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The dangers of flying in or close to a thunderstorm are:
1. Turbulence. Turbulence, associated with thunderstorms, can be extremely hazardous, having the potential to cause overstressing of the aircraft or loss of control. Thunderstorm vertical currents may be strong enough to displace an aircraft up or down vertically as much as 2000 to 6000 feet. The greatest turbulence occurs in the vicinity of adjacent rising and descending drafts. Gust loads can be severe enough to stall an aircraft flying at rough air (maneuvering) speed or to cripple it at design cruising speed. Maximum turbulence usually occurs near the mid-level of the storm, between 12,000 and 20,000 feet and is most severe in clouds of the greatest vertical development.
Severe turbulence is present not just within the cloud. It can be expected up to 20 miles from severe thunderstorms and will be greater downwind than into wind. Severe turbulence and strong out-flowing winds may also be present beneath a thunderstorm. Microbursts can be especially hazardous because of the severe wind shear associated with them.
2. Lightning. Static electricity may build up in the airframe, interfering with operation of the radio and affecting the behaviour of the compass. Trailing antennas should be wound in. Lightning blindness. may affect the crew's vision for 30 to 50 seconds at a time, making instrument reading impossible during that brief period. Lightning strikes of aircraft are not uncommon. The probability of a lightning strike is greatest when the temperature is between -5ºC and 5°C. If the airplane is in close proximity to a thunderstorm, a lightning strike can happen even though the aircraft is flying in clear air. Lightning strikes pose special hazards. Structural damage is possible. The solid state circuitry of modem avionics is particularly vulnerable to lightning strikes. Electrical circuits may be disrupted. The possibility of lightning igniting the fuel vapor in the fuel cells is also considered a potential hazard.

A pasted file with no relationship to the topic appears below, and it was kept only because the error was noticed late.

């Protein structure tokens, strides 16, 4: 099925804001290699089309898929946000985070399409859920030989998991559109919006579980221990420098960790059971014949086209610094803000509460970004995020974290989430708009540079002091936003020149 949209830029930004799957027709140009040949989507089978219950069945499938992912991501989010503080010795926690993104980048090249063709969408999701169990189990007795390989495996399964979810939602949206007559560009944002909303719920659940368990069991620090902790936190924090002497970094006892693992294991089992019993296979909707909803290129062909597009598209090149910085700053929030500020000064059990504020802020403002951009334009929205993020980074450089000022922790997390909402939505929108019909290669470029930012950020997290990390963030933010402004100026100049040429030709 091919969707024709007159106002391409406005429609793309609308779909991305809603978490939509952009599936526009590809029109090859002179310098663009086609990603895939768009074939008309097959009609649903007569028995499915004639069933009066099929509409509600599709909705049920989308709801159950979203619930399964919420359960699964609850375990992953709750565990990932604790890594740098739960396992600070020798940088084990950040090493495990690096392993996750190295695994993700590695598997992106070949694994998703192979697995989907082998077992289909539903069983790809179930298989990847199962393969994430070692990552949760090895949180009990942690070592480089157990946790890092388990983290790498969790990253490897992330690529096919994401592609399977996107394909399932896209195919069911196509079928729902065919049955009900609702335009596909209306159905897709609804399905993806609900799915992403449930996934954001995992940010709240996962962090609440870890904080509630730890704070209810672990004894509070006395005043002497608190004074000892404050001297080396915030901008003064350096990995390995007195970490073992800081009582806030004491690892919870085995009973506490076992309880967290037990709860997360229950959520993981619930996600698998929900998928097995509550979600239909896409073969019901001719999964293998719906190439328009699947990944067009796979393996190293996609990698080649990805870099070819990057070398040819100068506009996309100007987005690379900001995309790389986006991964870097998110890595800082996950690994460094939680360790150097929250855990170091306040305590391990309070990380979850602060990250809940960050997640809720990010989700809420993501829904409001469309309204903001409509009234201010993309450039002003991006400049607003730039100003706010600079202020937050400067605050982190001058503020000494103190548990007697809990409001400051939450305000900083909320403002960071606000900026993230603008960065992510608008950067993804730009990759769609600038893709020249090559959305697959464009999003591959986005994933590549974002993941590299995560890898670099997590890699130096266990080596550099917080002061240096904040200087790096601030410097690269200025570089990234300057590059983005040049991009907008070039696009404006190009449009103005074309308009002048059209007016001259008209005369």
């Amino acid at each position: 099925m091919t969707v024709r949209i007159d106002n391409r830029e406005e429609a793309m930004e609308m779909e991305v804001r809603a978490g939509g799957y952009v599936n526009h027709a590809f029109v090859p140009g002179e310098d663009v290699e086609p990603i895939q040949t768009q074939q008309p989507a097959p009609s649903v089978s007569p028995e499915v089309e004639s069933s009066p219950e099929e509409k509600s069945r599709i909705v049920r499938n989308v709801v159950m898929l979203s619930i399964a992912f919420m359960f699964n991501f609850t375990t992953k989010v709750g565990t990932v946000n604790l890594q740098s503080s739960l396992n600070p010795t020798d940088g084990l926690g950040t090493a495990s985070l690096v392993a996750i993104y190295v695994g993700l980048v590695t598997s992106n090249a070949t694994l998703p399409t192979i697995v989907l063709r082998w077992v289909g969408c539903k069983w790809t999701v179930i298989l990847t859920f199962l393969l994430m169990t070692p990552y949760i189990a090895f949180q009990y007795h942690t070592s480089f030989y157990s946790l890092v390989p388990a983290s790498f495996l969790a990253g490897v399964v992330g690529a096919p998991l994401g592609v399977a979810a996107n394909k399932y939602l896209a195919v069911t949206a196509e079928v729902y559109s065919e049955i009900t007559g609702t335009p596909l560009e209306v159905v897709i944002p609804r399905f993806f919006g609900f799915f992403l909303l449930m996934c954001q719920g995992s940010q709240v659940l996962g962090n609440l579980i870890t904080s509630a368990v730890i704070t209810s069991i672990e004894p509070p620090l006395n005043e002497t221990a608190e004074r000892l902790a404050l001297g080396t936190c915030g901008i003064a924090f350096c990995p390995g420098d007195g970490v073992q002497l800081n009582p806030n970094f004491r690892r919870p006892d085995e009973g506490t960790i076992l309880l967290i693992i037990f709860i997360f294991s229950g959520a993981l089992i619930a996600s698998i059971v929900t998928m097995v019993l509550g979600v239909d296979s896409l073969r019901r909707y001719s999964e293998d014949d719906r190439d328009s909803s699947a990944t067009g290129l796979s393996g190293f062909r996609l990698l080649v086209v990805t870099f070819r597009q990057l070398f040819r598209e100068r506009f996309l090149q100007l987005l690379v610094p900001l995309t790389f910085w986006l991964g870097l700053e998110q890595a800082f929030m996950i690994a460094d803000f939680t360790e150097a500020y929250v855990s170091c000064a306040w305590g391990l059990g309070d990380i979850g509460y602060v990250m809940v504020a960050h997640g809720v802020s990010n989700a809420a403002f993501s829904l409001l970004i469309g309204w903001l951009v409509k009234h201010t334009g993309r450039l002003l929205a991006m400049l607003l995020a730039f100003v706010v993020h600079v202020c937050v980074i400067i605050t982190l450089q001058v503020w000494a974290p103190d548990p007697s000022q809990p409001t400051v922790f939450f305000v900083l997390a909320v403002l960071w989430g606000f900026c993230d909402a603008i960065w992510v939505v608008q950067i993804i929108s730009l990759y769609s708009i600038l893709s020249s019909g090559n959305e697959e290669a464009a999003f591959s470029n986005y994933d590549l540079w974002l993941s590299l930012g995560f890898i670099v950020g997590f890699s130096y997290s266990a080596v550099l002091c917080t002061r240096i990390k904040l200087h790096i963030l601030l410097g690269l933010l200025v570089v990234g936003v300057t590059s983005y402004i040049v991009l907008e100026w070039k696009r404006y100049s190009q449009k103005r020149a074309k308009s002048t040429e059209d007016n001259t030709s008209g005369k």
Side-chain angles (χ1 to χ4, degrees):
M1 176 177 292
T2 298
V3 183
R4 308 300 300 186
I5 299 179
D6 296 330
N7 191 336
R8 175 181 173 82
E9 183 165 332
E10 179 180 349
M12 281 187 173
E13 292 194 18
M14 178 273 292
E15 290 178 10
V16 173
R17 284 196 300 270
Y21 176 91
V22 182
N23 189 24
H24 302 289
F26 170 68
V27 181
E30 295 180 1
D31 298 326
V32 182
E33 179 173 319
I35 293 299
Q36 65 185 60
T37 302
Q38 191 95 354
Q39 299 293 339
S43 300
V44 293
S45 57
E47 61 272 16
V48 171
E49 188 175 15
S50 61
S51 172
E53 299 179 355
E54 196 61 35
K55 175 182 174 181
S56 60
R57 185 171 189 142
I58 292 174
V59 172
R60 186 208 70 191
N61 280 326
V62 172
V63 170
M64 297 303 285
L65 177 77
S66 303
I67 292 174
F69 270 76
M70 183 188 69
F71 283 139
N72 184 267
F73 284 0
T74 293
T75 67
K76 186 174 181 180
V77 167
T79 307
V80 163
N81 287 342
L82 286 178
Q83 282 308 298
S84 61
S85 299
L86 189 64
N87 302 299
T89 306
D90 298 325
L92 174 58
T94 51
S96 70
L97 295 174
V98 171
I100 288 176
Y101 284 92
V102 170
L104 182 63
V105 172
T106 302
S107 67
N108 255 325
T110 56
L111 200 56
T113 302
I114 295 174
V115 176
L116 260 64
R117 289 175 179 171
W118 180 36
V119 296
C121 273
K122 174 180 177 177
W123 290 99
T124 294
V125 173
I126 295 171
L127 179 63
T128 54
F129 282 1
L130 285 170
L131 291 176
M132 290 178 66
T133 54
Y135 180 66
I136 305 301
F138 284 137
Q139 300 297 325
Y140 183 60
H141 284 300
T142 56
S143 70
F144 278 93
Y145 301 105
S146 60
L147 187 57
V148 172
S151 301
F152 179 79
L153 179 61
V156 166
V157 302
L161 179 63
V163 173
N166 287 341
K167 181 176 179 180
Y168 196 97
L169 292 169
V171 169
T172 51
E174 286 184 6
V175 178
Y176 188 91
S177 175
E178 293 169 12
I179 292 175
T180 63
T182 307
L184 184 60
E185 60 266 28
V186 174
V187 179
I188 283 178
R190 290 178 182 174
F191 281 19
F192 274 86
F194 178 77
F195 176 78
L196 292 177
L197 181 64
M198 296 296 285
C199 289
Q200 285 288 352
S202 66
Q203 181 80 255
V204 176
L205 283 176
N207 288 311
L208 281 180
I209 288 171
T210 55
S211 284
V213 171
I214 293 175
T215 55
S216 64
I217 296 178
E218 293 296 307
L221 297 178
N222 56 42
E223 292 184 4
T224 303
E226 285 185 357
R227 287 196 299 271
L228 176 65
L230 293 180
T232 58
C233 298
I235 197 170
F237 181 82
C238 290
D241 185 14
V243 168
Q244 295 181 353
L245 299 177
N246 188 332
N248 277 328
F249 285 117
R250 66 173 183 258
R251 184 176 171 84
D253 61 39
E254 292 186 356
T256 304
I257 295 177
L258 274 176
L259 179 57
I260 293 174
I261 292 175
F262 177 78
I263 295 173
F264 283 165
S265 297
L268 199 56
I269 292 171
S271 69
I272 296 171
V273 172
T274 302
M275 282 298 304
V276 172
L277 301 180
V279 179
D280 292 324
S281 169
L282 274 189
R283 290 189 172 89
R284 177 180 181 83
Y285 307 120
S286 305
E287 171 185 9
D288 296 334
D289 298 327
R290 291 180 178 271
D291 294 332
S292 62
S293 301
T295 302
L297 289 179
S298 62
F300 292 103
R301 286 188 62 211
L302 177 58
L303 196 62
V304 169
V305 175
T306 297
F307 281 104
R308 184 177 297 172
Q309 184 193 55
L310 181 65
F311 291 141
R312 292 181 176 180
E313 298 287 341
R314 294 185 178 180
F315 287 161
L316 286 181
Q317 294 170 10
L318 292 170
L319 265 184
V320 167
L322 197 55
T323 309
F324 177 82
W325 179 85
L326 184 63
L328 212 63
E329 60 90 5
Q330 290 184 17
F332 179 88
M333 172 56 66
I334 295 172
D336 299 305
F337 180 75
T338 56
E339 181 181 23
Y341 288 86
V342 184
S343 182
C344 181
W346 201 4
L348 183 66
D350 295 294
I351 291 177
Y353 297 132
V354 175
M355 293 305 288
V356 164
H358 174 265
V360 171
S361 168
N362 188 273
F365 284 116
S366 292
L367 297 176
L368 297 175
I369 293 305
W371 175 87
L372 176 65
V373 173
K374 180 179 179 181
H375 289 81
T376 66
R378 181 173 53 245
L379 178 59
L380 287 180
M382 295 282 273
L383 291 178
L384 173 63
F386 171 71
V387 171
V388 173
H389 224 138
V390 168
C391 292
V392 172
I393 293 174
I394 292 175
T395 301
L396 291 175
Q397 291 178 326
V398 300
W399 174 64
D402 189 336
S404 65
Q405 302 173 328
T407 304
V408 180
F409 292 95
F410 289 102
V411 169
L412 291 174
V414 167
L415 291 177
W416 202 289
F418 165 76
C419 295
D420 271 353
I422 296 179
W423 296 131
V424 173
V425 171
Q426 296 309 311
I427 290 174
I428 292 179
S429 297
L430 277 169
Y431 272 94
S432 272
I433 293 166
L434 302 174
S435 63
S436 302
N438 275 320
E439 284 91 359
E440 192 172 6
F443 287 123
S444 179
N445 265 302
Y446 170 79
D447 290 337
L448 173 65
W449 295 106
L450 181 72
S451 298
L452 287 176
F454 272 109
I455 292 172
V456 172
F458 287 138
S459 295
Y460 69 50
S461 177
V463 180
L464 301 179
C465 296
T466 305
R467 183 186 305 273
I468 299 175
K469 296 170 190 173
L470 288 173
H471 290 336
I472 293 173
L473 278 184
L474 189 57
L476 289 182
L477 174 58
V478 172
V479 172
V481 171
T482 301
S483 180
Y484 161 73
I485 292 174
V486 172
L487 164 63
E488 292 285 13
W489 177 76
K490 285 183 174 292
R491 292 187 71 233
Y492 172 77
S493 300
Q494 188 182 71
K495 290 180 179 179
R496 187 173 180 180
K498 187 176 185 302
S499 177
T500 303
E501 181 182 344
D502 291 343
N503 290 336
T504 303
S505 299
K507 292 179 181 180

3. Hail. Hailstones are capable of inflicting serious damage to an airplane. Hail is encountered at levels between 10 and 30 thousand feet. It is, on occasion, also encountered in clear air outside the cloud as it is thrown upward and outward by especially active cells.
4. Icing. Heaviest icing conditions occur above the freezing level where the water droplets are supercooled. Icing is most severe during the mature stage of the thunderstorm.
5. Pressure. Rapid changes in barometric pressure associated with the storm cause altimeter readings to become very unreliable.
6. Wind. Abrupt changes in wind speed and direction advance of a thunderstorm present a hazard during take-off and landing. Gusts in excess of 80 knots have been observed.
Very violent thunderstorms draw air into their cloud bases with great intensity. Sometimes the rising air forms an extremely concentrated vortex from the surface of the ground well into the cloud with vortex speeds of 200 knots or more and very low pressure in its center. Such a vortex is known as a tornado.